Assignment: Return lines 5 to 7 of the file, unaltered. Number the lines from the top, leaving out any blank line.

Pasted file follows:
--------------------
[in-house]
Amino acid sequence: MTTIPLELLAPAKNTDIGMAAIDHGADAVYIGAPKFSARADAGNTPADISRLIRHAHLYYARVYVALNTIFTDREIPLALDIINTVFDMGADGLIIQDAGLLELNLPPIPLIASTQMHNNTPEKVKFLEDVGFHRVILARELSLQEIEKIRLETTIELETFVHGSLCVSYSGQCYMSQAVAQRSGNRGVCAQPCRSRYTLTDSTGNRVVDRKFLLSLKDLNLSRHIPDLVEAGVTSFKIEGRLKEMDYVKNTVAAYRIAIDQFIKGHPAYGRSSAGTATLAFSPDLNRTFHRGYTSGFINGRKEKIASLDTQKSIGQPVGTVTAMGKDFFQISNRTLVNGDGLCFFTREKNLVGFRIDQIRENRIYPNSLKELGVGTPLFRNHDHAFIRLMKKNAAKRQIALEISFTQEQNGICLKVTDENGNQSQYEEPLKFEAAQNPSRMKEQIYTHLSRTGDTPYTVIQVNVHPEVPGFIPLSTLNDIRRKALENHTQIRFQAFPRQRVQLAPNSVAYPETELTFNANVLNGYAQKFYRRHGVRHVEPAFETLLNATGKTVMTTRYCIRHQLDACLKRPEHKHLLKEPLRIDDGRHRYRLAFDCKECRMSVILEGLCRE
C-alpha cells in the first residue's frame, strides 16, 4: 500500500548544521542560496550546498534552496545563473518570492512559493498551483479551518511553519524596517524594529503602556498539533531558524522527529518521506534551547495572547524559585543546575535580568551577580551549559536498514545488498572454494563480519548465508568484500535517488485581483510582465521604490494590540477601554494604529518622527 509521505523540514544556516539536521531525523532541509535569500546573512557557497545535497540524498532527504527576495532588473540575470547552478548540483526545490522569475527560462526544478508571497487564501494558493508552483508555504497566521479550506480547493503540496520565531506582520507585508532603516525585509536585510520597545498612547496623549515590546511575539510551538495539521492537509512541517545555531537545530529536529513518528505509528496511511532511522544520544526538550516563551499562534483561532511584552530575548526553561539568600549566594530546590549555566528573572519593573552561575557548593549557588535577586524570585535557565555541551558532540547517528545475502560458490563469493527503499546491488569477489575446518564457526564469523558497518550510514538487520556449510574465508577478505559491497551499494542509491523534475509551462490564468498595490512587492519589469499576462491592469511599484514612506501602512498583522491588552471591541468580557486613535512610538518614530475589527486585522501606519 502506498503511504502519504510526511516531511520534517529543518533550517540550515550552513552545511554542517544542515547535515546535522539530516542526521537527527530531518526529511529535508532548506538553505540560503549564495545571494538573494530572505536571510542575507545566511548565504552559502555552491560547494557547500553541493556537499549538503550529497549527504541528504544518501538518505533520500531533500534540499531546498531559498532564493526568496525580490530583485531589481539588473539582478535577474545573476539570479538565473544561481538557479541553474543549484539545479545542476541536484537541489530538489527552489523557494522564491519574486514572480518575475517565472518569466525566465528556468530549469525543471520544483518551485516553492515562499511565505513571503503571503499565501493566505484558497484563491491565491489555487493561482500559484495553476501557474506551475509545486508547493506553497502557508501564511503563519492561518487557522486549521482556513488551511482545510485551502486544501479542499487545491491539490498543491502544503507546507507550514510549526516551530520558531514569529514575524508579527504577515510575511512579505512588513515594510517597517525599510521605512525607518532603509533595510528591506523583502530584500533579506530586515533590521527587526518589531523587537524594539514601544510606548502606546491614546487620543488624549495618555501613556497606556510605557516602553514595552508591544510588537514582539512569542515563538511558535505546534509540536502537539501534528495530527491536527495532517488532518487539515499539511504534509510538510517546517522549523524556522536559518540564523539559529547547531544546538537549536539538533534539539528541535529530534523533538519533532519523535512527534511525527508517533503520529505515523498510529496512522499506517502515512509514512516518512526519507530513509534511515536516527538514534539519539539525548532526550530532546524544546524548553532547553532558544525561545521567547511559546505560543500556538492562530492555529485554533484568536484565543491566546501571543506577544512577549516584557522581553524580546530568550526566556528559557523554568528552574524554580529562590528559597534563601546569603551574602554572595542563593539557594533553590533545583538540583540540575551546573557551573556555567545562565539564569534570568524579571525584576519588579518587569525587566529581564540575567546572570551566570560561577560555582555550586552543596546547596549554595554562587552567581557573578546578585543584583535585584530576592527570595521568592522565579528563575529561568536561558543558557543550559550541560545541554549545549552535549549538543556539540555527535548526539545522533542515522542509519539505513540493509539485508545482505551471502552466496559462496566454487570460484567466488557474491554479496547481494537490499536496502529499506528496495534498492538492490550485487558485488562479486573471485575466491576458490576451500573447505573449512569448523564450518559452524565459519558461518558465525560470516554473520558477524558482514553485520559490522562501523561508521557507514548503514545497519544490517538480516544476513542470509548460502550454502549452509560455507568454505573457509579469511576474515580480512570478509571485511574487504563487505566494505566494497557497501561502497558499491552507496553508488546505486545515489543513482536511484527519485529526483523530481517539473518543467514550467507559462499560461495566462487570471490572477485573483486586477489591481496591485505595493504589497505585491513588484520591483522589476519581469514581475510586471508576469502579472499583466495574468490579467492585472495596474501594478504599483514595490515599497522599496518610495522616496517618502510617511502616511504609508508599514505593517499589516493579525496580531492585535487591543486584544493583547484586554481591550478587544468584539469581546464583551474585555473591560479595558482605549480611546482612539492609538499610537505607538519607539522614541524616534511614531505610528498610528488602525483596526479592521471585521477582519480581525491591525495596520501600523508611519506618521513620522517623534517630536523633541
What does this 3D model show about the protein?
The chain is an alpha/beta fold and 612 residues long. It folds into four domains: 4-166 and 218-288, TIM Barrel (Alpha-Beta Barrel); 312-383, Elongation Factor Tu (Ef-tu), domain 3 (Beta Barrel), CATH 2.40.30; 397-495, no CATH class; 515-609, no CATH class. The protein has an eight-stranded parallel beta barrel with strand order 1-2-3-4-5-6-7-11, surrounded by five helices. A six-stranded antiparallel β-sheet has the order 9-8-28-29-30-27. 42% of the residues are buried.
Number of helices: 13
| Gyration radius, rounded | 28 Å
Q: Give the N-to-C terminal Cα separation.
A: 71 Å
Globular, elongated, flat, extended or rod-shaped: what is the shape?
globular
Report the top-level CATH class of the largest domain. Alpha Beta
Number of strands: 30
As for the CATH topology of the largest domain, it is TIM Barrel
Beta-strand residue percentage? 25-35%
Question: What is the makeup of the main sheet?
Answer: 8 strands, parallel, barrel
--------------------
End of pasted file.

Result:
The chain is an alpha/beta fold and 612 residues long. It folds into four domains: 4-166 and 218-288, TIM Barrel (Alpha-Beta Barrel); 312-383, Elongation Factor Tu (Ef-tu), domain 3 (Beta Barrel), CATH 2.40.30; 397-495, no CATH class; 515-609, no CATH class. The protein has an eight-stranded parallel beta barrel with strand order 1-2-3-4-5-6-7-11, surrounded by five helices. A six-stranded antiparallel β-sheet has the order 9-8-28-29-30-27. 42% of the residues are buried.
Number of helices: 13
| Gyration radius, rounded | 28 Å